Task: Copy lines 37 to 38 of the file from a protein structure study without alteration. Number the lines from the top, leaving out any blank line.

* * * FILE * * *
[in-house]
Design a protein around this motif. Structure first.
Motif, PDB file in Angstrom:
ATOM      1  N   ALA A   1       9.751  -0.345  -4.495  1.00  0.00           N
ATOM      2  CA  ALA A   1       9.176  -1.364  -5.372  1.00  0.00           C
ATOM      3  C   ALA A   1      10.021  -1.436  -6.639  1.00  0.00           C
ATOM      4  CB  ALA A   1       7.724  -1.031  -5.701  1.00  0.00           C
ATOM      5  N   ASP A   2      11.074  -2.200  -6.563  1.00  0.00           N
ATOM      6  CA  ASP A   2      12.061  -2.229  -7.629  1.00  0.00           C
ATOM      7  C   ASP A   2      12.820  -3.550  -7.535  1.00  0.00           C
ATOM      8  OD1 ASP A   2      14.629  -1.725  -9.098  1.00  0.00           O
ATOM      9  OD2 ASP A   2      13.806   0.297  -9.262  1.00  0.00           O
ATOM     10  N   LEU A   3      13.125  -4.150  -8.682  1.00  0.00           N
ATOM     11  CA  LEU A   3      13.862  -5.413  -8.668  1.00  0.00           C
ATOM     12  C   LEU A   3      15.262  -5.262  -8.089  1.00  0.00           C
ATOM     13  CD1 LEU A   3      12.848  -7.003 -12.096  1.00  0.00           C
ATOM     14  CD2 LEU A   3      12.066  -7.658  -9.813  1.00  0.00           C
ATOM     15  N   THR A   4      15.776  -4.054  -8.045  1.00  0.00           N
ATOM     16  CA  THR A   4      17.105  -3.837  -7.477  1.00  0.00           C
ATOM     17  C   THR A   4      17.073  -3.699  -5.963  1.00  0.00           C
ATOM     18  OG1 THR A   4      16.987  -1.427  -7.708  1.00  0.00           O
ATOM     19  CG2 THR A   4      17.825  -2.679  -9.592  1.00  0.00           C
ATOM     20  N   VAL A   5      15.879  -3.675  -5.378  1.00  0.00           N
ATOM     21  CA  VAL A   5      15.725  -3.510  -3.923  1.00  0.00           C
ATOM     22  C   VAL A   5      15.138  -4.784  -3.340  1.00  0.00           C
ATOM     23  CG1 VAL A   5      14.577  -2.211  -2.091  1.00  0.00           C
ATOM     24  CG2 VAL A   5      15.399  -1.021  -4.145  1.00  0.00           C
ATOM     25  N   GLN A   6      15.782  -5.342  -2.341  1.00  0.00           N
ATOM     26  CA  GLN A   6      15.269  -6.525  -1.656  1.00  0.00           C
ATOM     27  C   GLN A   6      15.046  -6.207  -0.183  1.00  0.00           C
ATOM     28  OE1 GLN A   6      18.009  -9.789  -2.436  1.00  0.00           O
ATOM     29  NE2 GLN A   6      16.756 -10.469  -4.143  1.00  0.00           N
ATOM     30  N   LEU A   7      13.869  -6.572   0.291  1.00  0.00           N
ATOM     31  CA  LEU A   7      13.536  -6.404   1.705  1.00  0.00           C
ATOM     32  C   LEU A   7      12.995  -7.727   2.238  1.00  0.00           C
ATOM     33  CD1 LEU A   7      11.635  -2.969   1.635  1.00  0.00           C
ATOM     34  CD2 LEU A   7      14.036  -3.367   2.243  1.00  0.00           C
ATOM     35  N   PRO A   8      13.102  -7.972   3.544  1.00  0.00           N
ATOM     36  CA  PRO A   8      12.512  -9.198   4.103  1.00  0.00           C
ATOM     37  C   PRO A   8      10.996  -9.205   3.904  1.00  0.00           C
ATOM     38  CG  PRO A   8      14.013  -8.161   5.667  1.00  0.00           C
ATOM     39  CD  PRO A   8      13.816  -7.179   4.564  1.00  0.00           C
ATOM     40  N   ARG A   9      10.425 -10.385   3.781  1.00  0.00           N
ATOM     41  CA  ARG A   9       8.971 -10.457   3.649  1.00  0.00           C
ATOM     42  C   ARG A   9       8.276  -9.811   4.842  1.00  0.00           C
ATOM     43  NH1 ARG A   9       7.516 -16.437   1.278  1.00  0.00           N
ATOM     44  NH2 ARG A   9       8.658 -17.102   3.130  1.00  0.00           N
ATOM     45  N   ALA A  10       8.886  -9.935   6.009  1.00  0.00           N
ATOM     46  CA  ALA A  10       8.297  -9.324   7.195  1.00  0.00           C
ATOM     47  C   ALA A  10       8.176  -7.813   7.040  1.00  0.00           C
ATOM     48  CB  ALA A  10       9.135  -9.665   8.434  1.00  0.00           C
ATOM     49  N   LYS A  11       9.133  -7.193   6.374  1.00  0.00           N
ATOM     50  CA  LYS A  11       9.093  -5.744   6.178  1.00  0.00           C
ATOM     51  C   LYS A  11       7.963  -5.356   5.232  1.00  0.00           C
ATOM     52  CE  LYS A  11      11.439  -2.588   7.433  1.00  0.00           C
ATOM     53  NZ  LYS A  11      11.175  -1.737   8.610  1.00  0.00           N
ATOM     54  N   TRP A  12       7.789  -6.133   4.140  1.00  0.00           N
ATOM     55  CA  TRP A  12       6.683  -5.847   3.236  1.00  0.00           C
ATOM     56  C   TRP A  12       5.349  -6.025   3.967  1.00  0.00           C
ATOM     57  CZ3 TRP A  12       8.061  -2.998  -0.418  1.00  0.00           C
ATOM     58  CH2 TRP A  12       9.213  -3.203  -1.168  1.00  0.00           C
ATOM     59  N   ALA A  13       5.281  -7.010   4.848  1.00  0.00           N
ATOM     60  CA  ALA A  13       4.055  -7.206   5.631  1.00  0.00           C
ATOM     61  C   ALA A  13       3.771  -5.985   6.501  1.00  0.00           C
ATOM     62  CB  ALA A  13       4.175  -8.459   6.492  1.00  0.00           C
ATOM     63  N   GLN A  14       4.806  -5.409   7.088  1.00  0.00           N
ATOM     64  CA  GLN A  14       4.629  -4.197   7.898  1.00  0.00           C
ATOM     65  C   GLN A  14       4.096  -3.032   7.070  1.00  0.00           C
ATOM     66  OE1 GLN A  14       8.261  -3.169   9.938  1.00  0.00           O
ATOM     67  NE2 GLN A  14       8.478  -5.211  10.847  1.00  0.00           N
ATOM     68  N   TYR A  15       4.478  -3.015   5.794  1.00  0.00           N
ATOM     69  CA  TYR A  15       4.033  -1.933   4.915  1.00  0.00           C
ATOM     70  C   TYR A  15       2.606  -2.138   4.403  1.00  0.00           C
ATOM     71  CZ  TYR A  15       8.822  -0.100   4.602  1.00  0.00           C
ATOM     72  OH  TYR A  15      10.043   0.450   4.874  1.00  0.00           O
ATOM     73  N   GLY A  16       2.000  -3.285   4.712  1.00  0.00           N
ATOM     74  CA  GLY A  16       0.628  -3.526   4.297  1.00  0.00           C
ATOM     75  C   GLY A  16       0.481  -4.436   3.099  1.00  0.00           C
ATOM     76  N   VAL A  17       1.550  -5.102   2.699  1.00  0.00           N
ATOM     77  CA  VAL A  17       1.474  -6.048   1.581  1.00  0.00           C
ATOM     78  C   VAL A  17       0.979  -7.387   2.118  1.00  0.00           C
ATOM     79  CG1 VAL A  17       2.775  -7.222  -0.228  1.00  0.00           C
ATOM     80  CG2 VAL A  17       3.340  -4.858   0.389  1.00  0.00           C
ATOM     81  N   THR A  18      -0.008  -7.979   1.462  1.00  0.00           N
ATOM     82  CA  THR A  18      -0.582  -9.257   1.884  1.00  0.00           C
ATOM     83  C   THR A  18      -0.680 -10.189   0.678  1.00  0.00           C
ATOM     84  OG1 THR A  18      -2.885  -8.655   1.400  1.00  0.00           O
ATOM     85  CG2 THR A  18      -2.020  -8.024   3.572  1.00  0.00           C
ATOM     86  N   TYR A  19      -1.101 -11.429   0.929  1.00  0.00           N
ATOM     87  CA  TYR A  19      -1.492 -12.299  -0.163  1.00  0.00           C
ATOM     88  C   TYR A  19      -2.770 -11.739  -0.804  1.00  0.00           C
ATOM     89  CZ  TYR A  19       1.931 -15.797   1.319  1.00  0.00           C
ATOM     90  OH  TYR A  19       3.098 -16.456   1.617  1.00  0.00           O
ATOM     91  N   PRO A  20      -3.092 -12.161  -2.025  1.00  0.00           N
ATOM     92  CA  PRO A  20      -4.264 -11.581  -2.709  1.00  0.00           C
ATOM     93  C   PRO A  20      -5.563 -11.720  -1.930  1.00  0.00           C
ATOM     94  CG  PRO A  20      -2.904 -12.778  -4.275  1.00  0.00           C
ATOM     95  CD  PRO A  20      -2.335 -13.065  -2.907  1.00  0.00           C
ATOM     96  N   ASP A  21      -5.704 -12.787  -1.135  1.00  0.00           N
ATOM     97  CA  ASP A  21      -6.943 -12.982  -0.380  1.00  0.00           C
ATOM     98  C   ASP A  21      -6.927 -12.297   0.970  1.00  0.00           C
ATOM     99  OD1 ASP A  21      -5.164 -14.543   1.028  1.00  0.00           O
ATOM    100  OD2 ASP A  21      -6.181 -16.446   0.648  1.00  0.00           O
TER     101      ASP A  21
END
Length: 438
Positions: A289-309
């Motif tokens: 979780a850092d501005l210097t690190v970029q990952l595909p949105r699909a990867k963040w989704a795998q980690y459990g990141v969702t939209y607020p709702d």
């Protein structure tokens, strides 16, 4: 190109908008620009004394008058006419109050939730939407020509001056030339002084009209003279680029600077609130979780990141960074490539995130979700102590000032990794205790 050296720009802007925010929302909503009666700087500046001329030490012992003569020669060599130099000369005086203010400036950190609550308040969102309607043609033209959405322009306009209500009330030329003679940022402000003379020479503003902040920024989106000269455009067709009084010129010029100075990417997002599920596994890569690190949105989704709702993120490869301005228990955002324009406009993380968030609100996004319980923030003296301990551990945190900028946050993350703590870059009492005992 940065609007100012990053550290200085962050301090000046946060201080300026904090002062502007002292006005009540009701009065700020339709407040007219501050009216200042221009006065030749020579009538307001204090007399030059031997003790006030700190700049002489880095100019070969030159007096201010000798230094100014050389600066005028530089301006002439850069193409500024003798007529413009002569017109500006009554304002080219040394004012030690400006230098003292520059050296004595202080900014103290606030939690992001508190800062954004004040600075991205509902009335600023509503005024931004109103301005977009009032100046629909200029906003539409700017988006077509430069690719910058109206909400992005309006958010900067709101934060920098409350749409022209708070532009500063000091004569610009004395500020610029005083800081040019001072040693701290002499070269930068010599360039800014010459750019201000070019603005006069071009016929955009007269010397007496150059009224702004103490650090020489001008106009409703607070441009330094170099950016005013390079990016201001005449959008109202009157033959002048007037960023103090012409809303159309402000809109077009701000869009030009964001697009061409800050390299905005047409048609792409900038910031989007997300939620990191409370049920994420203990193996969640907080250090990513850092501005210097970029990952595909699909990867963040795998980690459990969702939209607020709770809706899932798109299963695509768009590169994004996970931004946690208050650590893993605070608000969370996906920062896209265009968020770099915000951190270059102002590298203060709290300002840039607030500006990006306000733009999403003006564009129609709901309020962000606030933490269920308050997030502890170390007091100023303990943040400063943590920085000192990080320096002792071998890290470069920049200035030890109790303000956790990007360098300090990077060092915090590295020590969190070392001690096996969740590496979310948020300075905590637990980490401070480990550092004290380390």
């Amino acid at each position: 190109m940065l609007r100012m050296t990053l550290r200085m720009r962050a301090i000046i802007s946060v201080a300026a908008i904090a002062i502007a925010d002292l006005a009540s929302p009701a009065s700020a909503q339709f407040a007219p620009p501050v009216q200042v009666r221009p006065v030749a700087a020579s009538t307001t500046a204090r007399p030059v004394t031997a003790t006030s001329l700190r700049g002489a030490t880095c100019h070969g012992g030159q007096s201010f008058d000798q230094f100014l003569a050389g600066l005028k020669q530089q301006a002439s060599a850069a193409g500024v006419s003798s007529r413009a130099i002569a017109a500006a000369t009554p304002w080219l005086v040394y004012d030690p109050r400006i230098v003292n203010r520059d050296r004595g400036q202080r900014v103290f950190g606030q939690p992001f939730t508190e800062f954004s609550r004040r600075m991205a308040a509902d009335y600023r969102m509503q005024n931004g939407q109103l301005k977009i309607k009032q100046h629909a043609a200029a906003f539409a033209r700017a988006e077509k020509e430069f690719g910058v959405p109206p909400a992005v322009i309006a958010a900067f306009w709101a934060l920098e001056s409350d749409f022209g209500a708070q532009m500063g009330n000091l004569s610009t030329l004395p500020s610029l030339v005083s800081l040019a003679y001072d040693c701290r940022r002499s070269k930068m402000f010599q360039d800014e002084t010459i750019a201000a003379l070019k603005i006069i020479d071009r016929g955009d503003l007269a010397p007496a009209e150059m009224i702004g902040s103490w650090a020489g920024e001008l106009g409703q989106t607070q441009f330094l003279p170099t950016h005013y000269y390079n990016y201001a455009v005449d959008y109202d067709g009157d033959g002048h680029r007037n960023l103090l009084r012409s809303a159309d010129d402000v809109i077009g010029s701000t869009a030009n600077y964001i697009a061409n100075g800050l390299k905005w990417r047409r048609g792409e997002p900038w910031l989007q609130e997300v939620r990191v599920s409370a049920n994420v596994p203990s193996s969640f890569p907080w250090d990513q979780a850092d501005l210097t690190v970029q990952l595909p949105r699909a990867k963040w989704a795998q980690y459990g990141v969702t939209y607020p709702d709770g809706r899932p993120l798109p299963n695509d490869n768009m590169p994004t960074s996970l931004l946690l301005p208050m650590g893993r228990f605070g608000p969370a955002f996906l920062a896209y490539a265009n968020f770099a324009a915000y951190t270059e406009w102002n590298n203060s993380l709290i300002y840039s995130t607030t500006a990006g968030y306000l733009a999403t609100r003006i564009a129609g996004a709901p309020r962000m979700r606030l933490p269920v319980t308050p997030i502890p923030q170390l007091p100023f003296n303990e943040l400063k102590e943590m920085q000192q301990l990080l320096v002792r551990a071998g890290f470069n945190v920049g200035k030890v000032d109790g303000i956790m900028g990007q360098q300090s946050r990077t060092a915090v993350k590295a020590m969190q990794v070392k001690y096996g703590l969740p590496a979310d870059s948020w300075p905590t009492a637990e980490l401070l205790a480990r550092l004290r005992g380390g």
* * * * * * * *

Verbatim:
ATOM     34  CD2 LEU A   7      14.036  -3.367   2.243  1.00  0.00           C
ATOM     35  N   PRO A   8      13.102  -7.972   3.544  1.00  0.00           N